California Riding Magazine • October, 2008

Western Side Story
True tales from the AQHYA World Show.

by Gayle Carline

As I reported previously, there were a lot of August horse shows for the Quarter Horse community. I was planning to review all of the shows in my column this month, but they each had something so special and exciting to offer that I’m only going to talk about the Youth World in this edition and save the other two shows for later.

The 2008 Ford AQHYA World Show was held Aug. 1-9 in Oklahoma City. Over 1,000 exhibitors participated at this year’s show, whose theme was “On the Move.” The event kicked off with its Parade of Teams, introducing the young people from the various states and countries that came to compete. As usual, some of the youth served as junior journalists, finding the human interest stories that sometimes get lost in the list of winners.

Like Katie Ward-Krummey of Campo; at 11, she qualified to compete with her 21-year old mare, Kiptys Gogo Rocket (aka Suzie). What makes this such a special story? Suzie lost one eye, is partially blind in the other, and they are competing in speed events. Katie told youth journalist Cheyenne Cracraft that her horse, “runs like a 2-year-old every time,” but will be retired after this show, as her eyesight is deteriorating.

There is also the tale of 17-year-old, Cassidy Miller of Carlsbad, who began riding at age 7—with a therapeutic instructor. Cassidy had a brain shunt which caused paralysis on one side of her body. Riding therapy was so good for her, she began training with Sandy Arledge and has been showing for several years. This year, she qualified her horse, Eye L Be Good, in Performance Halter Mares.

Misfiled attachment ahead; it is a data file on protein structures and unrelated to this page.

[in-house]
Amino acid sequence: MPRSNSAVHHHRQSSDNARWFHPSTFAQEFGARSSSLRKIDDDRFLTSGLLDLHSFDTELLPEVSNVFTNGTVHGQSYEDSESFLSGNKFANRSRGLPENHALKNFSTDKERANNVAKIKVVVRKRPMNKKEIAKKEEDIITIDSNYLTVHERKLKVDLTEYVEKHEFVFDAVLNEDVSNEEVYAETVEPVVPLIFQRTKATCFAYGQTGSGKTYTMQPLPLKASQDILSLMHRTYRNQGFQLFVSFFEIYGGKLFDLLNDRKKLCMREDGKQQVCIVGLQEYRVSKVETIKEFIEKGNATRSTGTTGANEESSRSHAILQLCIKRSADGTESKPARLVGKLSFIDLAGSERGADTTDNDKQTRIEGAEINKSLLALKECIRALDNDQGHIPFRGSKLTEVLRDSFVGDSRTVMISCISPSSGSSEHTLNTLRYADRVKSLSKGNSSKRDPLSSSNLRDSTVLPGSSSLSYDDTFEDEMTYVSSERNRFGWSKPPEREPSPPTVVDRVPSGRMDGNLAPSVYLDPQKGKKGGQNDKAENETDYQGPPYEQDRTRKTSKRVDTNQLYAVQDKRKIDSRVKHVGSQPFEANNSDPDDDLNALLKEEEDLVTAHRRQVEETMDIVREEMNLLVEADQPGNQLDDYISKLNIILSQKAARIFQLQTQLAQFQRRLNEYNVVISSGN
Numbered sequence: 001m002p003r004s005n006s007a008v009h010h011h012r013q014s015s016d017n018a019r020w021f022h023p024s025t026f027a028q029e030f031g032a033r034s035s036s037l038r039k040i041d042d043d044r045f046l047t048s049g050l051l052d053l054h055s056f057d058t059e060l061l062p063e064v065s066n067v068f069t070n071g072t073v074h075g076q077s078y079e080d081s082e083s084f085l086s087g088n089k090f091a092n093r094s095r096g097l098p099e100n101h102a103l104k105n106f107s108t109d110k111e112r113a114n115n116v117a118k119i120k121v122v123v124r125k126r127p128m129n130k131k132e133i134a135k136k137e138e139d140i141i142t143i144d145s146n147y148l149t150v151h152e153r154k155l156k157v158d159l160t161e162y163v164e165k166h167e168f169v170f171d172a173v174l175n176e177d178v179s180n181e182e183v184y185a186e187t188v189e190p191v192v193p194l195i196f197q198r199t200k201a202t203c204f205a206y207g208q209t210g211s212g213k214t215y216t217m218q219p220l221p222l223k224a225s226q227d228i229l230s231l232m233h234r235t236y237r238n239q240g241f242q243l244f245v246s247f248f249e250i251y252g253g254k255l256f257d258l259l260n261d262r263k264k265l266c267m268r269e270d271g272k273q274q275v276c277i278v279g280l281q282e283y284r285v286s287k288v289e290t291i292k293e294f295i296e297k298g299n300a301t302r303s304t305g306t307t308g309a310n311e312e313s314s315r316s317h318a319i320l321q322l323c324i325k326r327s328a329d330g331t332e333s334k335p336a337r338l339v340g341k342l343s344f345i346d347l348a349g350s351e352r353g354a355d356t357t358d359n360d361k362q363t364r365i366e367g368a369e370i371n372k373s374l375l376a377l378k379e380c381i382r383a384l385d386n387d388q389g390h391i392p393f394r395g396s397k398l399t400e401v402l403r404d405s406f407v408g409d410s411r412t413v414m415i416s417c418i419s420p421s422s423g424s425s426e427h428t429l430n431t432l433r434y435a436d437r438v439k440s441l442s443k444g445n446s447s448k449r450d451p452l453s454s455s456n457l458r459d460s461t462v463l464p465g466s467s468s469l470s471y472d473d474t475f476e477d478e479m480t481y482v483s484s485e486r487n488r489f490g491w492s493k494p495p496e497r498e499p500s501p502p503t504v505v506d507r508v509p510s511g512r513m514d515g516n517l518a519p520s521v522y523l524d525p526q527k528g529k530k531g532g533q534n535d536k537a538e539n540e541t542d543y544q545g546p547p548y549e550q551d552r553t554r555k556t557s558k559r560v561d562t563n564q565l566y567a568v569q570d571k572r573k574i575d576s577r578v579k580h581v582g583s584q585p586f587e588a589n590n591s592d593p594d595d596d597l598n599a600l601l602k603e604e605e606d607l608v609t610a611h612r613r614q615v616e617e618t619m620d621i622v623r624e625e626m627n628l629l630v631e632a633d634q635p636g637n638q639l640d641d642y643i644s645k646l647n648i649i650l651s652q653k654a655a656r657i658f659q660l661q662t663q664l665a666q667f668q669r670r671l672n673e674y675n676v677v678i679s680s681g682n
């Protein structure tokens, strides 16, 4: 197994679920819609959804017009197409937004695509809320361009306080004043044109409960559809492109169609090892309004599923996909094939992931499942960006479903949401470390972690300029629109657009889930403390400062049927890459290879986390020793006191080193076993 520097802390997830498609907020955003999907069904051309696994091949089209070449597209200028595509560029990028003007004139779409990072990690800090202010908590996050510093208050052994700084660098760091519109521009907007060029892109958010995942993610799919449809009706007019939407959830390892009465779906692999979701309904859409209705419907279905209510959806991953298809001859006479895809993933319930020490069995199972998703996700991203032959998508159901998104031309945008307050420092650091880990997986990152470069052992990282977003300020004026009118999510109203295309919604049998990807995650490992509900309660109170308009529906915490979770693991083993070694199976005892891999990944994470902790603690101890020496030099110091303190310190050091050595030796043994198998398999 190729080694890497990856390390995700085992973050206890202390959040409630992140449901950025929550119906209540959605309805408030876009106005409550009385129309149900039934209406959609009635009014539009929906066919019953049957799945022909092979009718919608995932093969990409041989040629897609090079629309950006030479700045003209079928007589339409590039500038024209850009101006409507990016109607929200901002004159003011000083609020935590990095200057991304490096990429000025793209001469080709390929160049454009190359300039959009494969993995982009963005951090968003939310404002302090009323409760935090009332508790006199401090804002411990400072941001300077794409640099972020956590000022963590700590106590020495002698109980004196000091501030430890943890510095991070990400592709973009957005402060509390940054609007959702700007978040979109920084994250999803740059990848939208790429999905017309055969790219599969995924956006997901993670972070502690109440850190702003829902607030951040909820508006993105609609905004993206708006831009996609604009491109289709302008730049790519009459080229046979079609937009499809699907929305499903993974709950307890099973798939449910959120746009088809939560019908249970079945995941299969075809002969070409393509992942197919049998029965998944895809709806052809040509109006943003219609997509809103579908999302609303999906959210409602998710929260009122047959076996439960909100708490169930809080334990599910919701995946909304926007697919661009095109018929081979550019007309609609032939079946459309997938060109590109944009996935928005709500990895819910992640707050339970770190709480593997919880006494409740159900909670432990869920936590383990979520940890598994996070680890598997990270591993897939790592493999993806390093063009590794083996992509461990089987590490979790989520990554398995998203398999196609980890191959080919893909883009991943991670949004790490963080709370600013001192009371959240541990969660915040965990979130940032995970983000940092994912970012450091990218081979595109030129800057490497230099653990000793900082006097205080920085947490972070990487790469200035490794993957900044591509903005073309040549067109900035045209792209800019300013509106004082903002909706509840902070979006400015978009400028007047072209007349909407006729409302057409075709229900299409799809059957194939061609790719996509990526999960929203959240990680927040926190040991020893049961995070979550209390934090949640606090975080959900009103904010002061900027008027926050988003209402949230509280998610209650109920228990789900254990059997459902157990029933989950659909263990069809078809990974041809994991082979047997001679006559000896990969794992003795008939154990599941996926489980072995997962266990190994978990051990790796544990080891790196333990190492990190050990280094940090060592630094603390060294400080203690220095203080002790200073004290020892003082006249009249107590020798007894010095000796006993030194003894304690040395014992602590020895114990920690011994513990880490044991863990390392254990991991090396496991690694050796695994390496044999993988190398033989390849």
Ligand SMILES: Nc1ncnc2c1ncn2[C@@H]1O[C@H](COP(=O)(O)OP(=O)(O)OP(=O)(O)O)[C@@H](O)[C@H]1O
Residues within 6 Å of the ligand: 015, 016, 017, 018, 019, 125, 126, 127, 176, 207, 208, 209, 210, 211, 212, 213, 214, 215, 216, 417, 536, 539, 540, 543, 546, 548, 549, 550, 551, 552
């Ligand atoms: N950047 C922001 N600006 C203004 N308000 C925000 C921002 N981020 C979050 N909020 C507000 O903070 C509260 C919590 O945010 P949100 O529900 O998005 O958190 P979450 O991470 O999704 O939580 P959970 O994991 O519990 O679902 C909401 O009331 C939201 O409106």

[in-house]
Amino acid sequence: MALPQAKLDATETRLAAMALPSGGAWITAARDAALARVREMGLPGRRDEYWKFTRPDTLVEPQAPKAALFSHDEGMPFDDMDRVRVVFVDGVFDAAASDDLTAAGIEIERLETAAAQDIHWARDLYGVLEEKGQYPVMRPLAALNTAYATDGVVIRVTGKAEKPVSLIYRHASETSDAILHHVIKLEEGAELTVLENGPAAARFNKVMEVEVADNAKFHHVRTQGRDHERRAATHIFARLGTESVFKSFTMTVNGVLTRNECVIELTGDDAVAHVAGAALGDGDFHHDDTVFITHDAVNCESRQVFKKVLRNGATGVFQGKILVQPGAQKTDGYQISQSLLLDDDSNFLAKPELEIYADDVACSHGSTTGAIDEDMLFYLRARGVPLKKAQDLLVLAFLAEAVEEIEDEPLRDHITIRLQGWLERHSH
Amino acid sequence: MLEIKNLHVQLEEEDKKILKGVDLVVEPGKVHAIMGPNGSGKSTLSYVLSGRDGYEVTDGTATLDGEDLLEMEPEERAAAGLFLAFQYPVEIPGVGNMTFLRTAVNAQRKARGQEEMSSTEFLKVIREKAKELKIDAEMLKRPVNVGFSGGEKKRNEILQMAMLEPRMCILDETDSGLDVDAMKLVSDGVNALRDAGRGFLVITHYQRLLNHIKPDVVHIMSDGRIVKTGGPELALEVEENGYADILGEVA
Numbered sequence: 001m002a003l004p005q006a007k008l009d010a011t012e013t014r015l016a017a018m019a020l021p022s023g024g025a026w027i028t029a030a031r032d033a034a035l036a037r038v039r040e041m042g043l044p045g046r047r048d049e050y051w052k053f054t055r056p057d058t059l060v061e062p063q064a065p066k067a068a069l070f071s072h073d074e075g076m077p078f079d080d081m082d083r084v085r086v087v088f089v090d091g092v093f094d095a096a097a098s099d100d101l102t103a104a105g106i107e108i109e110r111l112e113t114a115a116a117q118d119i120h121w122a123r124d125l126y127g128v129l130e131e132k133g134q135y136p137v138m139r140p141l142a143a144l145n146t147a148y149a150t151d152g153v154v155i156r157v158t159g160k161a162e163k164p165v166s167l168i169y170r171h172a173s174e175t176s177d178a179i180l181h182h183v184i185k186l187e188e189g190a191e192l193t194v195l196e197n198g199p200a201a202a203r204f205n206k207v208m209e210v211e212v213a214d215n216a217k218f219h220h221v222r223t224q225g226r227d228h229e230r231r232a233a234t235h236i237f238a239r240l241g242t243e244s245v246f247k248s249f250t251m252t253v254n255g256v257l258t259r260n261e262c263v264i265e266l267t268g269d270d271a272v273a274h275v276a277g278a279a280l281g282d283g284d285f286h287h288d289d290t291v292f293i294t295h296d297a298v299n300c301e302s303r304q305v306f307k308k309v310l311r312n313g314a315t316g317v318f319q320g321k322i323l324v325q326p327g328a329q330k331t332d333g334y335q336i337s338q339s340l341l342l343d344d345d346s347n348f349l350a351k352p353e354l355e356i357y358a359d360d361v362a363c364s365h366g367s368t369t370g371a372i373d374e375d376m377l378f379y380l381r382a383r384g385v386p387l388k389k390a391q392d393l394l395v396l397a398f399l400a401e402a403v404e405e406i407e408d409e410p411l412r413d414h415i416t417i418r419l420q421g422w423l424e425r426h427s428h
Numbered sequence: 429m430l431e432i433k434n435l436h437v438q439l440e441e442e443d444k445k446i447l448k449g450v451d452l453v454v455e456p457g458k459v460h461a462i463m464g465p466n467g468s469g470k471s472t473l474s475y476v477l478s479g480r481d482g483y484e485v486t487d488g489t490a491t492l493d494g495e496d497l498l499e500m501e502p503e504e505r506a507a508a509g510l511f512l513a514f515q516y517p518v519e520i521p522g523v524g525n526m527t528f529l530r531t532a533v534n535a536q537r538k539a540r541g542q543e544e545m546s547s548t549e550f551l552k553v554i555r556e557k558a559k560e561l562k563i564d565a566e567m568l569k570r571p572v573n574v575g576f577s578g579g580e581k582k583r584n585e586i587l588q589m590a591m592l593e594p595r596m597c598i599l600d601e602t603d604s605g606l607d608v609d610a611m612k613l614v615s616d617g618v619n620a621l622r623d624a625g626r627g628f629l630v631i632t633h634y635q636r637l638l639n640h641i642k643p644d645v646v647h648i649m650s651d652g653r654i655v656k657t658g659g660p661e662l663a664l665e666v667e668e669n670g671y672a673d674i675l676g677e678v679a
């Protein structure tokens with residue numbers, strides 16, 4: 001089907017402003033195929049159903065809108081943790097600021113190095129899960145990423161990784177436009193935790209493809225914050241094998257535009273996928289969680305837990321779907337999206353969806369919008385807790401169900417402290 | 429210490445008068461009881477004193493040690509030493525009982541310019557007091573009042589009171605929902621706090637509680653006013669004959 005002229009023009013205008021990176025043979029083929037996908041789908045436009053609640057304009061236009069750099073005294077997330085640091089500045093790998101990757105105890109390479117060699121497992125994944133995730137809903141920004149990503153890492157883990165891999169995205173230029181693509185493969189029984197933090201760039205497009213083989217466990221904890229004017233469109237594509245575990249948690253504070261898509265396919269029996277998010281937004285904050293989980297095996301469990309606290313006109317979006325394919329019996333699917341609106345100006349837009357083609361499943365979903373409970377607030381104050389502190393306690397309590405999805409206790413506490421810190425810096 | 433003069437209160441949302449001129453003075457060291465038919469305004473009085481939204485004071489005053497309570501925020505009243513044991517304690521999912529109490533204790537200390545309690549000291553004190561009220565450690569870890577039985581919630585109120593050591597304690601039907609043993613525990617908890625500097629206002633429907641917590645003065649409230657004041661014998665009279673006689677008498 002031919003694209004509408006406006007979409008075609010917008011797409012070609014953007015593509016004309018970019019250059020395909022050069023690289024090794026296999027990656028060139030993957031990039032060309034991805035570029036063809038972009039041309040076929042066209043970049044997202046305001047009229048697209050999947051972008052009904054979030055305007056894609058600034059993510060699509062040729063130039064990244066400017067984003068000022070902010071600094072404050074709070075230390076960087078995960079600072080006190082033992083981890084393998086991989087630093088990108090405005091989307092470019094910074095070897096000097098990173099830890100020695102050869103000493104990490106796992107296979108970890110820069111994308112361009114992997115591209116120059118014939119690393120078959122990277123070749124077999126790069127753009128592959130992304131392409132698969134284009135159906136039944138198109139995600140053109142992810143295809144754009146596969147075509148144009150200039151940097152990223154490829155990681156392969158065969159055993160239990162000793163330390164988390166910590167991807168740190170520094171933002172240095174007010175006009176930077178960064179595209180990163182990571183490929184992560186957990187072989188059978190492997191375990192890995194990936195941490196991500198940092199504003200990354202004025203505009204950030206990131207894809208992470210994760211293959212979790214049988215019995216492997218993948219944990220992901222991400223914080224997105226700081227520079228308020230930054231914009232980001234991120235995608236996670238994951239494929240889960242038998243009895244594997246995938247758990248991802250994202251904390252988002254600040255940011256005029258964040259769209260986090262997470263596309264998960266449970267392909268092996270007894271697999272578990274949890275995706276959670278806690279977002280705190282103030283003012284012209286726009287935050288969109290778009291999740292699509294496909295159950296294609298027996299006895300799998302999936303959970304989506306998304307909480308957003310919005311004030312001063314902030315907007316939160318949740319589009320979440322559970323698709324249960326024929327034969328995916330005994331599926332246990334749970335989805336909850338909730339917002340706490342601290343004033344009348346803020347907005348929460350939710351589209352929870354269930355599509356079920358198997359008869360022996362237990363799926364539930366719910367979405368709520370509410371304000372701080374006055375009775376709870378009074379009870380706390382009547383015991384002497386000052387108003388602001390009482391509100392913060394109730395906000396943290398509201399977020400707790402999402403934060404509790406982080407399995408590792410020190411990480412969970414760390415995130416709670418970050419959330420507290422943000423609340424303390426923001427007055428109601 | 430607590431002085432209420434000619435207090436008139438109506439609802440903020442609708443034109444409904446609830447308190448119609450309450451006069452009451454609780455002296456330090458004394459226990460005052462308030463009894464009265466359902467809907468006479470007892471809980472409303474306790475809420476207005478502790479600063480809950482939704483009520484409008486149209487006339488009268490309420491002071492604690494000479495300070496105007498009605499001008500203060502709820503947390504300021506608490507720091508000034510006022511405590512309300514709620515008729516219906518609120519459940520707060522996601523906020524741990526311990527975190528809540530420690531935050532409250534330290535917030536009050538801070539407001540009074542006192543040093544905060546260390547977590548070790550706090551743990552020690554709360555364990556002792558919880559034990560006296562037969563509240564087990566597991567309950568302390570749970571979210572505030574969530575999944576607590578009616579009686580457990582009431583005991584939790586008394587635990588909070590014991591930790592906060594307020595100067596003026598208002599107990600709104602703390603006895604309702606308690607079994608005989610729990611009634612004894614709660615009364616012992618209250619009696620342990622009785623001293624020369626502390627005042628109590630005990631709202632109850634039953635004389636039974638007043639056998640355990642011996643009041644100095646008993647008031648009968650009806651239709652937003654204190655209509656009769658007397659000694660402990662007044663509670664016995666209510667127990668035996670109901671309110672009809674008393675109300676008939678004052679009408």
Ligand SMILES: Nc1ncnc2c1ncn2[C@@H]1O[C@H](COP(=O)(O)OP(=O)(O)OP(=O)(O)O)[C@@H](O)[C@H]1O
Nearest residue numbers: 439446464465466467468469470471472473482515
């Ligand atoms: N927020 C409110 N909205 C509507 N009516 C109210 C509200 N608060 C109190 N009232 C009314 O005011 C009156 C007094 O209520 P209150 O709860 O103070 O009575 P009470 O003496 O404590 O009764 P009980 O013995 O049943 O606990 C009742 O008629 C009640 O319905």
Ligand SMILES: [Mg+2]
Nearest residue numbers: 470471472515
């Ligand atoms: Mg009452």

Then there’s Jessica Tourino of Temecula. Not content with being a competitive reiner, Jessica has designed her own clothing line (Rtistic) and is working on an album, which will be released toward the end of this year. And she’s only 17.

These stories and more were posted on the AQHA website, along with videos of interviews and performances. In addition, there were contests that got all of the teams involved, from Horse Bowl, an equine take on the College Bowl, to speech and judging contests. Our own California team took first in the Team Spirit Award for their division.

As far as winners, several California youths placed in the top 15 in their classes. We had a number of competitors place in Western Riding, Reining, Western Horsemanship and Trail. Cheyenne Peterson of Palos Verdes Estates and her gelding, Ritzy Investment, placed 11th in Western Horsemanship and 12th in Showmanship at Halter. Laguna Hills’ Theresa Moran and her mare, Show Diva, placed ninth in Western Riding, 14th in Western Horsemanship and third in Trail.

Hot on the Trail

And speaking of Trail, not only did three California riders place in the top 15, but Taylor Hanson of San Juan Capistrano won the class with her bay gelding, Sure Bet Chip. I spoke with Taylor’s mom, Cathy Hanson of Hanson Quarter Horses, about her daughter’s success. She told me that Taylor is 16 and ready to start her junior year at Saddleback Valley Christian School. Having a mom who is a trainer meant that Taylor has been officially riding since she was 6 years old, although, Cathy reports, she was “climbing on the Minis way before then.” She began showing six years ago, and has owned Sure Bet Chip, aka Alvin, for three years.

“Alvin, like the chipmunk?” I asked.

Cathy laughed. “Exactly. He’s always getting into something, so we’re always yelling, ‘Alvin!’”

Taylor’s win is on the AQHA website,, under activities and trail. The video includes a post-run interview with the young woman, who is trying to be poised through her emotions. Check it out, it’s a real heart warmer.

As a junior in high school, Taylor is looking at colleges. Her interest is in the art/fashion/graphic design area, and she can see herself as a designer of show clothing some day. She has already designed some of her own show clothes, so she’s off to a great start. Taylor would like to attend a school on the East Coast, just to experience a different environment, although she’s not certain how a country girl will adapt to life in a big city. I think, if she can ride her horse to victory at the World, there’s nothing she can’t do.

Congratulations, Taylor, and all of our other competitors. Good job!
After reading all of these stories and watching our youth riders on the videos, I confess, I feel lazy. All I did in August was ride an Appaloosa named Sinbad up and down the trails of the Plumas National Forest. Back at the ranch, Snoopy is continuing to heal nicely, so I hope I stop being a slacker, and can be out there, showing, this time next year.